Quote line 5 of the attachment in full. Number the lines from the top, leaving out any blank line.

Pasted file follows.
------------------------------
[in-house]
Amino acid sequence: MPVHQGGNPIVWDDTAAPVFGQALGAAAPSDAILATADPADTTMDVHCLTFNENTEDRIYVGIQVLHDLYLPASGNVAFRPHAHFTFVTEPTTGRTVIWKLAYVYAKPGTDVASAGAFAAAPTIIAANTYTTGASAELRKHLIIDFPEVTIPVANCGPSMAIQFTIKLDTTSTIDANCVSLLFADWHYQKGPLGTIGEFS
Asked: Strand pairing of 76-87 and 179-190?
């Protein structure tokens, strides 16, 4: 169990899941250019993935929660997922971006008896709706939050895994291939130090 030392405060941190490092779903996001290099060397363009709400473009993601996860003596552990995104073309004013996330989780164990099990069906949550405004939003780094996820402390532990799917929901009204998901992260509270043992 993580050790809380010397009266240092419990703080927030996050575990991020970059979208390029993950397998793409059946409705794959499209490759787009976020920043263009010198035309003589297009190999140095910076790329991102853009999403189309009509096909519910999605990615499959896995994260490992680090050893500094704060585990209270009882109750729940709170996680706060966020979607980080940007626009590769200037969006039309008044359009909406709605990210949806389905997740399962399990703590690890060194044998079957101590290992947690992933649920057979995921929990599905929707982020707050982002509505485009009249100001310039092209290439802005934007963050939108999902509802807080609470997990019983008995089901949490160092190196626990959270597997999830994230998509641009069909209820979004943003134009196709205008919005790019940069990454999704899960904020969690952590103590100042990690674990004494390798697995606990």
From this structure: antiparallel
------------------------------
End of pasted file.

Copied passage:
From this structure: antiparallel